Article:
Science & Technology
Annual US Aerospace, Defense Sales Approach $1 Trillion
The US aerospace and defense industry continued building its sales for the eighth-straight year in 2018, growing 4.2 percent from the previous year and topping out at $929 billion, the Aerospace Industries Association announced Sept. 9. Aerospace accounted for $374 billion of US gross domestic product, or 1.8 percent of overall GDP.
Executives Say $1 Billion for AI Research Isn't Enough
The announcement Tuesday of a nearly $1 billion federal commitment toward artificial-intelligence research drew a mixed response from business leaders who said the U.S. needs to do more to maintain a competitive edge in AI. Government agencies requested $973.5 million in nondefense AI research spending for the fiscal year ending in September 2020.
General: US faces 'Sputnik moment' in space race competition
The U.S. has reached a new "Sputnik moment" in which the military must act to keep the nation's competitive advantage in space against adversaries such as Russia, China, and to a lesser extent, Iran and North Korea, the chairman of the Joint Chiefs of Staff said Monday.
Google faces a new antitrust probe by 50 attorneys general
A coalition of 50 attorneys general will be investigating Google for potential violations of antitrust law, a step that could potentially lead to a broad legal challenge to the company’s market dominance. The investigation, led by Texas Attorney General Ken Paxton (R) and Washington, D.C., Attorney General Karl Racine (D), was announced on the steps of the Supreme Court building Monday afternoon after months of rumors about states seeking to turn up the pressure on Silicon Valley.
A huge database of Facebook users' phone numbers found online
Hundreds of millions of phone numbers linked to Facebook accounts have been found online. The exposed server contained more than 419 million records over several databases on users across geographies, including 133 million records on U.S.-based Facebook users, 18 million records of users in the U.K., and another with more than 50 million records on users in Vietnam.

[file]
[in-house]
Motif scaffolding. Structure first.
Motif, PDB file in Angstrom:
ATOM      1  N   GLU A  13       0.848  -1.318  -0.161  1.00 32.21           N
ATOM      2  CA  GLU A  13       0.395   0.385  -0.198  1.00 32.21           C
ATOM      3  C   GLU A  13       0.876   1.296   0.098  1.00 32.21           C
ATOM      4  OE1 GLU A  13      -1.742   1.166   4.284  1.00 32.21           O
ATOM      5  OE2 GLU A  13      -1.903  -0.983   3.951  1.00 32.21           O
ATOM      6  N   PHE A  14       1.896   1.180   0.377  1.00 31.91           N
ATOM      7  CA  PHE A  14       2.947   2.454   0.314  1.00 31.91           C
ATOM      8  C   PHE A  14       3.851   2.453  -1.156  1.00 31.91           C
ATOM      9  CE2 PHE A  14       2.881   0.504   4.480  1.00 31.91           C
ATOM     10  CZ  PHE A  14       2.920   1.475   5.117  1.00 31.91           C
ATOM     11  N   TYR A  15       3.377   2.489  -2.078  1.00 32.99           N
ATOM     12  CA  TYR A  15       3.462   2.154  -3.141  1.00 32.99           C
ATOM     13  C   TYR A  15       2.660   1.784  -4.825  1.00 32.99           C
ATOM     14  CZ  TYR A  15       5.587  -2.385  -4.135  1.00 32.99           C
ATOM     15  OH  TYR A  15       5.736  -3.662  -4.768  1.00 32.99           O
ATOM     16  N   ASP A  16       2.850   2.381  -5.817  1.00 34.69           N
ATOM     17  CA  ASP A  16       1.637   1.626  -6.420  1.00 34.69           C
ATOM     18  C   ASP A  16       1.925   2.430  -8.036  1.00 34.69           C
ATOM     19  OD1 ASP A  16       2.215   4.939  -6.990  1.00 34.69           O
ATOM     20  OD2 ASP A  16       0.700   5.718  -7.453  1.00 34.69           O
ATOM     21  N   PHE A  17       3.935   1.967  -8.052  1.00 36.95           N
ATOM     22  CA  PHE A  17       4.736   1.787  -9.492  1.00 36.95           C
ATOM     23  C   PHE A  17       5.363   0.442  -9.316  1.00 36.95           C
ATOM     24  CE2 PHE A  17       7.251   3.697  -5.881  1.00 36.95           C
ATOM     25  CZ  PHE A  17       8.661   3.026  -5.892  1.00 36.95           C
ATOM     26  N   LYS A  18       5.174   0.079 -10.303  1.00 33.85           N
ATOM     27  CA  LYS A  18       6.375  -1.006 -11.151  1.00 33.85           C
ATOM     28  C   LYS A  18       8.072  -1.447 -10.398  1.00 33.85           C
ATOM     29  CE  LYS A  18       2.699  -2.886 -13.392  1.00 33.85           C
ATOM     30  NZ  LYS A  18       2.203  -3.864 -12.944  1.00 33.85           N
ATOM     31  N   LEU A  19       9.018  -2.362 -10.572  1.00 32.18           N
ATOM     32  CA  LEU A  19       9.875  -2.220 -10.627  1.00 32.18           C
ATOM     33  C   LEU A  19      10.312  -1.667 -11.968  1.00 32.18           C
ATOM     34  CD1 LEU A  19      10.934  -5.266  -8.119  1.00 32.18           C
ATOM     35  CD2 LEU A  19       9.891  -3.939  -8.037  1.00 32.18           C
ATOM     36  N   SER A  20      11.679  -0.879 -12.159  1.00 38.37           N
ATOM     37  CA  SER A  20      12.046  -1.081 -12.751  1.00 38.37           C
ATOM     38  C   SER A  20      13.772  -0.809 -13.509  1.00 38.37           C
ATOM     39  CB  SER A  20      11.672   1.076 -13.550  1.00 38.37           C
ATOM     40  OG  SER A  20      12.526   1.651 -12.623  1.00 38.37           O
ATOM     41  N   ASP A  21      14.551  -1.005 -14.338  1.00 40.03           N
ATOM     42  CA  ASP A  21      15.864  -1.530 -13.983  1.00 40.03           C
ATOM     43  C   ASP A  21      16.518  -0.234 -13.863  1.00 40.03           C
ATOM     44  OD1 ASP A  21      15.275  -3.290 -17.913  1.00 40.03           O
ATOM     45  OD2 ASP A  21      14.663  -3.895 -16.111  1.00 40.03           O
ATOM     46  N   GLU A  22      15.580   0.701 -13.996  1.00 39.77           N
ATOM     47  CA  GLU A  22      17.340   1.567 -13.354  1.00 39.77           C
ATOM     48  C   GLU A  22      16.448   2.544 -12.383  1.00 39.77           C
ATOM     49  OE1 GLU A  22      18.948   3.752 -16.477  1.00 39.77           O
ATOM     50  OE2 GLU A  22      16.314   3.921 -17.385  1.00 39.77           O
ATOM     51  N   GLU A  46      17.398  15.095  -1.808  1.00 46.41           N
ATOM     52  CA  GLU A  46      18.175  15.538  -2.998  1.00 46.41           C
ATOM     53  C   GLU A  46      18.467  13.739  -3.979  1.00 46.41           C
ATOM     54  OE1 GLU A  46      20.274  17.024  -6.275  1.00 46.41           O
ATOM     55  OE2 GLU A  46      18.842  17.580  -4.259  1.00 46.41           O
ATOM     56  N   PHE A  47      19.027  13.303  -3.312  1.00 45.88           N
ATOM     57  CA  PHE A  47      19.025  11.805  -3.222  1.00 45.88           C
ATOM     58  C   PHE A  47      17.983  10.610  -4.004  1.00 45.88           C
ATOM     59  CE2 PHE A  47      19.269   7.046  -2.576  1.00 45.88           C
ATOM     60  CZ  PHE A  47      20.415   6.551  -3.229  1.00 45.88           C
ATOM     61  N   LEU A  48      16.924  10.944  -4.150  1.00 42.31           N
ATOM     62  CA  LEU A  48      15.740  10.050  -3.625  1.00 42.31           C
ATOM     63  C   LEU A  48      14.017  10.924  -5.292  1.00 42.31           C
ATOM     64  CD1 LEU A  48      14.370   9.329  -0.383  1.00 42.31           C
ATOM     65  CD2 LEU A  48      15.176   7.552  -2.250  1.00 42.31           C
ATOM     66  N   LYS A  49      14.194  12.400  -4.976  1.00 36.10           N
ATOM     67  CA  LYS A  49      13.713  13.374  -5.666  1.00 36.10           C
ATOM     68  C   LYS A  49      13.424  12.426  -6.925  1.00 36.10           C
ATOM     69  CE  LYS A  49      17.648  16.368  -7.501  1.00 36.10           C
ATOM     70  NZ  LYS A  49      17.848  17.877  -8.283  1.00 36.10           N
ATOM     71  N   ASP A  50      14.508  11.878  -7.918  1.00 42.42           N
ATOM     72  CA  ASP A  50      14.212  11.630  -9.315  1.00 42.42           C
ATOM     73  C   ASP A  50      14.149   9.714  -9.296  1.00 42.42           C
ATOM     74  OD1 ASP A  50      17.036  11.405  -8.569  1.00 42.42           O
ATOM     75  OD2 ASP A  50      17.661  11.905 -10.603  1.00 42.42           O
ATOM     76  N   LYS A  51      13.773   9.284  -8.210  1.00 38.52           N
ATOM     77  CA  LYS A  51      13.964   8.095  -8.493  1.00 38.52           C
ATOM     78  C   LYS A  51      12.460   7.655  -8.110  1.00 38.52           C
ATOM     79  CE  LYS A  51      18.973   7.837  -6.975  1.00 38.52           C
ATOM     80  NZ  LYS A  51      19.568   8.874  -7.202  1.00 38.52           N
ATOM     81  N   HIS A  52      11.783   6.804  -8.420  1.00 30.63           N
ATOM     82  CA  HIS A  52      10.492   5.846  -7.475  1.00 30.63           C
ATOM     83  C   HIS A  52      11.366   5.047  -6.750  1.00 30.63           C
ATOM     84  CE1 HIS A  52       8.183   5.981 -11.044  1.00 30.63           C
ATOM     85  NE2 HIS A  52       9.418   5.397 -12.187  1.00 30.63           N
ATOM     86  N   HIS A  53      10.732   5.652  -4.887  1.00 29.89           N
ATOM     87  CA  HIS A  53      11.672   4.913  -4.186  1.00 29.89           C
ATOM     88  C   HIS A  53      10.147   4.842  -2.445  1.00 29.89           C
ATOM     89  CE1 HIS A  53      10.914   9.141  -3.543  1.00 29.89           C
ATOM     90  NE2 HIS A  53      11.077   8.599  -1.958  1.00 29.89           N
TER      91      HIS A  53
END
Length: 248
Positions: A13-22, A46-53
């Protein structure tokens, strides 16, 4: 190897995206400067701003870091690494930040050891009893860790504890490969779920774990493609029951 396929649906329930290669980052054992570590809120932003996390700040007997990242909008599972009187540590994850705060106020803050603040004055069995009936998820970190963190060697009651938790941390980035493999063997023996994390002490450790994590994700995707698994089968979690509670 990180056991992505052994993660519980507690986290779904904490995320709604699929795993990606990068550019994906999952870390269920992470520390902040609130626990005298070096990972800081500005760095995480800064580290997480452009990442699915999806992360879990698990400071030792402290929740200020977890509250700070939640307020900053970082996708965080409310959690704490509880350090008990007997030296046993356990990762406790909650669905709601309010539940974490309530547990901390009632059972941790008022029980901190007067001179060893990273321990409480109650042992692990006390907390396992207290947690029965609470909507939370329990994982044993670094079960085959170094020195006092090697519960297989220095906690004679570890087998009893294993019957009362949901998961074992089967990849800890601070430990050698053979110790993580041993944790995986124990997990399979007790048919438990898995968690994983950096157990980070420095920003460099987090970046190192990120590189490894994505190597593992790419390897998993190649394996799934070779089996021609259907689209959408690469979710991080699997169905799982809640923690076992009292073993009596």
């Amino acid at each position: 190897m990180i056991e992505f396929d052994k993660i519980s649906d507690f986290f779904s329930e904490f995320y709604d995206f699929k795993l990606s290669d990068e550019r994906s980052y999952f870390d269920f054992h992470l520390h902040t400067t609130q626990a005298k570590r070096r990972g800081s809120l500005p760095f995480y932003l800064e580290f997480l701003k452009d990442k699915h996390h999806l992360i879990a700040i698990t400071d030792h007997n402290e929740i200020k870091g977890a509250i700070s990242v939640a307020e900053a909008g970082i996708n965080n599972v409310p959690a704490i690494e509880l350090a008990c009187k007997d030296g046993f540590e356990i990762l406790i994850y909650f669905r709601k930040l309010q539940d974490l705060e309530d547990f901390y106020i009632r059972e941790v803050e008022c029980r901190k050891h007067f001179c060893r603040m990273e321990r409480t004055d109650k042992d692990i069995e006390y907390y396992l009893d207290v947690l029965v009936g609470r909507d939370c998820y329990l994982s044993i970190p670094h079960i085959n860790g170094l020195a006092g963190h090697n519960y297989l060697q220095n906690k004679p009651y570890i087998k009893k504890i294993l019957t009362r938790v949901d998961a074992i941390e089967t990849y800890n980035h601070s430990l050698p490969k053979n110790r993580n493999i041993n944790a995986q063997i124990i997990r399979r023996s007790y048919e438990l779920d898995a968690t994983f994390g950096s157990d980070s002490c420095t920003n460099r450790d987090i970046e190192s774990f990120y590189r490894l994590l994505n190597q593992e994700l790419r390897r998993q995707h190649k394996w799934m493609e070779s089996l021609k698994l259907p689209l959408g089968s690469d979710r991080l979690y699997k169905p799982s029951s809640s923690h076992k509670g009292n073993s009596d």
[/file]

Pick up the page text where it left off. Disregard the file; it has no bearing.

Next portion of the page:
New Steve Bannon Film Warns of Growing Chinese Espionage Threat
A new film by former White House Chief Strategist Steve Bannon is sounding the alarm over China's encroachment into the high-tech industry. Slated for release in September, Claws of the Red Dragon spotlights the relationship between telecommunications giant Huawei Technologies Co., Ltd. and the Chinese Communist Party (CCP) and People's Liberation Army (PLA).
Google, YouTube fined record $170 million for violating children's privacy
Google will pay $170 million to settle charges that YouTube made millions of dollars over the years from violating children's privacy laws, the Federal Trade Commission (FTC) and New York’s attorney general announced on Wednesday. The fine is by far the largest ever imposed on a website for violations of the 1998 Children's Online Privacy Protection Act (COPPA), which requires companies to obtain parental consent before collecting data on children under the age of 13.
U.S. to Test Mirrorless, Camera-Based Systems in Autos
The U.S. National Highway Traffic Safety Administration plans to test how drivers could use cameras to replace traditional rearview mirrors in automobiles, a technology already allowed in other countries, the agency said on Tuesday. The planned test by the agency known as NHTSA would examine "driving behavior and lane change maneuver execution" in cars with traditional mirrors and camera-based visibility systems, the department said in a notice offering the public a chance to comment.
Survey Finds New Auto Technology Can Annoy Drivers
Alerts from new driver assist systems can be so annoying that some motorists are turning the features off, according to a new survey. The 2019 J.D. Power Tech Experience Index study also found that frustrated drivers may avoid the systems in future vehicle purchases. That's a problem for automakers who want to sell the technology and prepare people for fully automated vehicles, the company said.
Pentagon drafts plans to combat hypersonic weapons attacks
They unleash destruction traveling at five times the speed of sound. They maneuver with computerized precision while descending back into the earth’s atmosphere toward a target. Their speed and force are so significant, they can inflict damage by sheer “kinetic” impact without needing explosives.